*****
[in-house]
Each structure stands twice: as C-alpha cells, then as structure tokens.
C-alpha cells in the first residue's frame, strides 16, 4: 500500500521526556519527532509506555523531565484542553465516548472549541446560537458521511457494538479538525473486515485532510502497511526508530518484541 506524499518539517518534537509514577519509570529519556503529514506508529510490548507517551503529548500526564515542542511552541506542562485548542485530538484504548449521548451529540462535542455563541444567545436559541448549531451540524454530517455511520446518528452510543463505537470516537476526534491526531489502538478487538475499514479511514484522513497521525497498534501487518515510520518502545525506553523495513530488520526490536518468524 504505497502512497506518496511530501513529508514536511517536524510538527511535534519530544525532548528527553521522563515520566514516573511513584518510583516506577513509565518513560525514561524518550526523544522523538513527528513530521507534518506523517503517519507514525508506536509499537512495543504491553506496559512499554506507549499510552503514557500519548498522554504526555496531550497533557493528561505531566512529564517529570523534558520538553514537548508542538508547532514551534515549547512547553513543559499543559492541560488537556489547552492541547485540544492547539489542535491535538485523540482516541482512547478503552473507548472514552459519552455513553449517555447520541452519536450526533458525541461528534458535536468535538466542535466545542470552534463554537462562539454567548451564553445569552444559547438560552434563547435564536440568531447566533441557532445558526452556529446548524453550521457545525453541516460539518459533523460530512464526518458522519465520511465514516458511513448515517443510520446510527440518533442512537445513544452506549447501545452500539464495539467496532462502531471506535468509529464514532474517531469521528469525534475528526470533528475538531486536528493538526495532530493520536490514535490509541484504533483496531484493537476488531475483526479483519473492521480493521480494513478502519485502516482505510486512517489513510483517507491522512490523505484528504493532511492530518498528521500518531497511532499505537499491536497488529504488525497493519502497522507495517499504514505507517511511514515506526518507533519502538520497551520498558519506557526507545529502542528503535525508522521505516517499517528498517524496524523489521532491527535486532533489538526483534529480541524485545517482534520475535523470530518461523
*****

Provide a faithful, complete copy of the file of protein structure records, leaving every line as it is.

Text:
[in-house]
Each structure stands twice: as C-alpha cells, then as structure tokens.
C-alpha cells in the first residue's frame, strides 16, 4: 500500500521526556519527532509506555523531565484542553465516548472549541446560537458521511457494538479538525473486515485532510502497511526508530518484541 506524499518539517518534537509514577519509570529519556503529514506508529510490548507517551503529548500526564515542542511552541506542562485548542485530538484504548449521548451529540462535542455563541444567545436559541448549531451540524454530517455511520446518528452510543463505537470516537476526534491526531489502538478487538475499514479511514484522513497521525497498534501487518515510520518502545525506553523495513530488520526490536518468524 504505497502512497506518496511530501513529508514536511517536524510538527511535534519530544525532548528527553521522563515520566514516573511513584518510583516506577513509565518513560525514561524518550526523544522523538513527528513530521507534518506523517503517519507514525508506536509499537512495543504491553506496559512499554506507549499510552503514557500519548498522554504526555496531550497533557493528561505531566512529564517529570523534558520538553514537548508542538508547532514551534515549547512547553513543559499543559492541560488537556489547552492541547485540544492547539489542535491535538485523540482516541482512547478503552473507548472514552459519552455513553449517555447520541452519536450526533458525541461528534458535536468535538466542535466545542470552534463554537462562539454567548451564553445569552444559547438560552434563547435564536440568531447566533441557532445558526452556529446548524453550521457545525453541516460539518459533523460530512464526518458522519465520511465514516458511513448515517443510520446510527440518533442512537445513544452506549447501545452500539464495539467496532462502531471506535468509529464514532474517531469521528469525534475528526470533528475538531486536528493538526495532530493520536490514535490509541484504533483496531484493537476488531475483526479483519473492521480493521480494513478502519485502516482505510486512517489513510483517507491522512490523505484528504493532511492530518498528521500518531497511532499505537499491536497488529504488525497493519502497522507495517499504514505507517511511514515506526518507533519502538520497551520498558519506557526507545529502542528503535525508522521505516517499517528498517524496524523489521532491527535486532533489538526483534529480541524485545517482534520475535523470530518461523